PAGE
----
Can We Talk?

Joan River’s TV show in the 1980s was titled Can We Talk?" That’s what small business owners should be saying to their customers on a regular basis, but often don’t. Lack of communication is a major cause of lost business opportunity and disgruntled customers.

Missed business opportunities

Satisfied customers are repeat customers and a referral source. Yet many businesses owners fail to follow up with customers to see if they need any additional services from you or whether they can refer you to other customers.

Suggestions:

  • Create an anniversary for each customer. This allows you to schedule a follow-up and ask for additional business a year (or even quarterly) from the completion of a sale. For example, if you designed a brochure for a customer, one year later contact the customer to see whether the brochure needs updating or if the customer has a new job for you.
  • Ask for referrals. Do this when you finish a job and the customer expresses satisfaction.

Customer problems
It amazes me how many customer relations problems could easily have been avoided if only there had been better communication from the outset.

It’s not up to the customers to track you down, but to businesses servicing them, to explain what’s going on.

Common problems and what to do about them:

  • A delivery person is running late. Things happen, such as traffic or a longer appointment earlier in the day. Just call to let the customer know that the promised time of arrival will be missed and what the new arrival time is expected to be.
  • A delivery will be late. If you don’t receive items when you expect them, you can’t deliver them to your customers on time. Again, just let the customer know the problem and when you expect to resolve the problem.
  • A personal problem arises. This can put you behind the eight ball with respect to meeting customer needs. Everyone understands that things happen, but you have to explain your problem. Maybe it’s minor and temporary; maybe it’s so big that you won’t be able to satisfy your customer no matter how much of an extension you obtain. Once again, talk about it and offer options to satisfy the customer. Maybe you can get someone else to fill in or help you out so that the customer is serviced properly.

Conclusion
Put yourself in your customers’ shoes. What would you like to hear? How often would you like to be contacted? How would you like to be contacted (email; phone; in person)? Communicate!

Can We Talk?
Joan River’s TV show in the 1980s was titled

“Can We Talk?” That’s what small business owners

should be saying to their customers on a regular

basis, but often don’t. Lack of communication is

a major cause of lost business opportunity and

disgruntled customers.

Missed business opportunities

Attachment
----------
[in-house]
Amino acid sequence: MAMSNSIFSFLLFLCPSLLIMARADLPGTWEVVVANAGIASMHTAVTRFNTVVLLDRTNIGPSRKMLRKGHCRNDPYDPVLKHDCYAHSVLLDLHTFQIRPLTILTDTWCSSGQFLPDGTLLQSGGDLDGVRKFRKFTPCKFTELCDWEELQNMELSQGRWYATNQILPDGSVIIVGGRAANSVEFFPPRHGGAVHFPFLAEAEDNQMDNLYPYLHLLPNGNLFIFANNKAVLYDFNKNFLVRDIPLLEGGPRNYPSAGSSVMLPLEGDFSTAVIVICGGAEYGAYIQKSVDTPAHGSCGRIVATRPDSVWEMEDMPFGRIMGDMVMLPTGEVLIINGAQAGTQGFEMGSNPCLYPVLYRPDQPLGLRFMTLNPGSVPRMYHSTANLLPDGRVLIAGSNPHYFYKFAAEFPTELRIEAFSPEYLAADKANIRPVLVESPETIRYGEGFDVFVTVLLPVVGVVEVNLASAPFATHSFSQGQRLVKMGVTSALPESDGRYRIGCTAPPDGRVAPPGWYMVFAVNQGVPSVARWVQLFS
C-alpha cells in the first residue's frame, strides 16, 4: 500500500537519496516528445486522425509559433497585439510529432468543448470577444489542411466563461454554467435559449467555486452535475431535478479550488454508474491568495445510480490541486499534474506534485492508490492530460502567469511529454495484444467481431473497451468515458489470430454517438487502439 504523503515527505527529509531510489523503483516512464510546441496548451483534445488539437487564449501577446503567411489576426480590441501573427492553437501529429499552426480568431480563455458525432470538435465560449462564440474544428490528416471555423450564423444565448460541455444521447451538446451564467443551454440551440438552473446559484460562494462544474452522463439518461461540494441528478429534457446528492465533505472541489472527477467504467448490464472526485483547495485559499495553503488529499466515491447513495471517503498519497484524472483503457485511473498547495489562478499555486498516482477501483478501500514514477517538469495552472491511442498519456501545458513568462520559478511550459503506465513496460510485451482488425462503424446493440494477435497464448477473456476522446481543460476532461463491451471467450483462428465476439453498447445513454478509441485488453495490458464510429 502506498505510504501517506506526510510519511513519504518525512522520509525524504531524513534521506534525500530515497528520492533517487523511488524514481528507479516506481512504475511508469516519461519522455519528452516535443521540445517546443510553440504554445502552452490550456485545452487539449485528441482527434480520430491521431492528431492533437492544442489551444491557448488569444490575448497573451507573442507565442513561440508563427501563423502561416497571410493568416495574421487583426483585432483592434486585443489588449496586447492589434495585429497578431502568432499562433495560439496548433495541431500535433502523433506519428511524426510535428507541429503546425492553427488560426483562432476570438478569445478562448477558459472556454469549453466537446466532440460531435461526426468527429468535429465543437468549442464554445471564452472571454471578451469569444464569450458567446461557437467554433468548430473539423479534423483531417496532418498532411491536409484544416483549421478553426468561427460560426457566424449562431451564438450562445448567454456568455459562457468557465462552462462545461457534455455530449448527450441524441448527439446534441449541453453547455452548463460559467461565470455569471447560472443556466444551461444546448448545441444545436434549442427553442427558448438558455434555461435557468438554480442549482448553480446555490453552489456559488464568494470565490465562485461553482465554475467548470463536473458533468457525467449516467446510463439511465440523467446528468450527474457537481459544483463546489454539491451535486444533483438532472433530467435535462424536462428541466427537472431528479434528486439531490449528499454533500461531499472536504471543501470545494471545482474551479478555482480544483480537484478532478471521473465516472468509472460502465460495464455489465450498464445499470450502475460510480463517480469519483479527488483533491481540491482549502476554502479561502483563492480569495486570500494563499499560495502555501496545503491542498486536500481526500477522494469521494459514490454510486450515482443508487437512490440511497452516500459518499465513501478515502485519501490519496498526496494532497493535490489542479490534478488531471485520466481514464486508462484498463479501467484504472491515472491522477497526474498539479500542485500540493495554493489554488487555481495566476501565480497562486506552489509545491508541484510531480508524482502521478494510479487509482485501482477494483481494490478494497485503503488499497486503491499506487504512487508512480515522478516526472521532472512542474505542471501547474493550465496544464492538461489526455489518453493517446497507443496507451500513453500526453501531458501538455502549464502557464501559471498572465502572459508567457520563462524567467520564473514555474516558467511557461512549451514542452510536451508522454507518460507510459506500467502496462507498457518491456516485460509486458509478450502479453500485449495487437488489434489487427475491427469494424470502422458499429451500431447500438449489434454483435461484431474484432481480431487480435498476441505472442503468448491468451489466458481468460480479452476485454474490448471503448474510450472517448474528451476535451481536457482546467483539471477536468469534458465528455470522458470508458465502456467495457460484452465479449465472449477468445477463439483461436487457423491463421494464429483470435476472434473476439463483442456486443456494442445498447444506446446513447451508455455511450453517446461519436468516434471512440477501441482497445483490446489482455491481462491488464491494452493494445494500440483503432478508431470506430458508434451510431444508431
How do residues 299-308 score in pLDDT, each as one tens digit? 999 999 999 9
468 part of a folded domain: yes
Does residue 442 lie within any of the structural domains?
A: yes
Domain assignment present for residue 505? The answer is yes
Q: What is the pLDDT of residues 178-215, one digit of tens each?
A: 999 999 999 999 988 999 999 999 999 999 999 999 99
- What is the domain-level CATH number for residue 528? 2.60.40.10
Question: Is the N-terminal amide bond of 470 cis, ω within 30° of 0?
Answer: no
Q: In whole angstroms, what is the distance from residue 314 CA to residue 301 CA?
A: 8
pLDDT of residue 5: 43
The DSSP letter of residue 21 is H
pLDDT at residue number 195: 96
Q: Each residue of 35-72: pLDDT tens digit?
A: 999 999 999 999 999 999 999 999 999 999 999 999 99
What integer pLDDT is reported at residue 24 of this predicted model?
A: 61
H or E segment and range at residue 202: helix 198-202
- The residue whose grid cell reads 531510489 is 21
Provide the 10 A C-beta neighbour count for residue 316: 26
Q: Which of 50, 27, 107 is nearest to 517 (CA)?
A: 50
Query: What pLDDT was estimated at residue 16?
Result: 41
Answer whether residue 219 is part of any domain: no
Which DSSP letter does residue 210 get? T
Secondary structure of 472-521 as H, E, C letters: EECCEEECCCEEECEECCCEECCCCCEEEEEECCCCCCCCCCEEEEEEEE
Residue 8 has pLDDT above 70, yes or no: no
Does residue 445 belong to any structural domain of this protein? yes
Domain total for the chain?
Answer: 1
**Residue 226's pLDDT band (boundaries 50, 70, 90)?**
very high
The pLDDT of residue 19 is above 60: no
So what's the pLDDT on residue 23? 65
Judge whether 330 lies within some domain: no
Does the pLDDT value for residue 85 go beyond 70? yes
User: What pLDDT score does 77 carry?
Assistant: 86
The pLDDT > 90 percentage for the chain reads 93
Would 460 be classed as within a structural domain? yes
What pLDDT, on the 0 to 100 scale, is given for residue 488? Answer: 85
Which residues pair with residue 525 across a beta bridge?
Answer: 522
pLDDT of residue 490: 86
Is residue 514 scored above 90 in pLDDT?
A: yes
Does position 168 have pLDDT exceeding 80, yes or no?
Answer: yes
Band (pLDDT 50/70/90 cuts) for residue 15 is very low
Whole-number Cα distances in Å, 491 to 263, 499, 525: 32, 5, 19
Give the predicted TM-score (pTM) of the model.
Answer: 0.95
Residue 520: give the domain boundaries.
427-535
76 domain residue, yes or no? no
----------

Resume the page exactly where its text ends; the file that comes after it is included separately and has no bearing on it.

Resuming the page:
Satisfied customers are repeat customers and a

referral source. Yet many businesses owners fail

to follow up with customers to see if they need

any additional services from you or whether they

can refer you to other customers. Suggestions:
•    Create an anniversary for each customer.

This allows you to schedule a follow-up and ask

for additional business a year (or even

quarterly) from the completion of a sale. For

example, if you designed a brochure for a

customer, one year later contact the customer to

see whether the brochure needs updating or if

the customer has a new job for you.
•    Ask for referrals. Do this when you

finish a job and the customer expresses

satisfaction.

Customer problems
It amazes me how many customer relations

problems could easily have been avoided if only

there had been better communication from the

outset. It’s not up to the customers to track

you down, but to businesses servicing them, to

explain what’s going on. Common problems and

what to do about them:
•    A delivery person is running late.

Things happen, such as traffic or a longer

appointment earlier in the day. Just call to let

the customer know that the promised time of

arrival will be missed and what the new arrival

time is expected to be.
•    A delivery will be late. If you don’t

receive items when you expect them, you can’t

deliver them to your customers on time. Again,

just let the customer know the problem and when

you expect to resolve the problem.
•    A personal problem arises. This can put

you behind the eight ball with respect to

meeting customer needs. Everyone understands

that things happen, but you have to explain your

problem. Maybe it’s minor and temporary; maybe

it’s so big that you won’t be able to satisfy

your customer no matter how much of an extension

you obtain. Once again, talk about it and offer

options to satisfy the customer. Maybe you can

get someone else to fill in or help you out so

that the customer is serviced properly.

Open
Close

Big Ideas for Small Business®
Find it for free on the App Store.
Get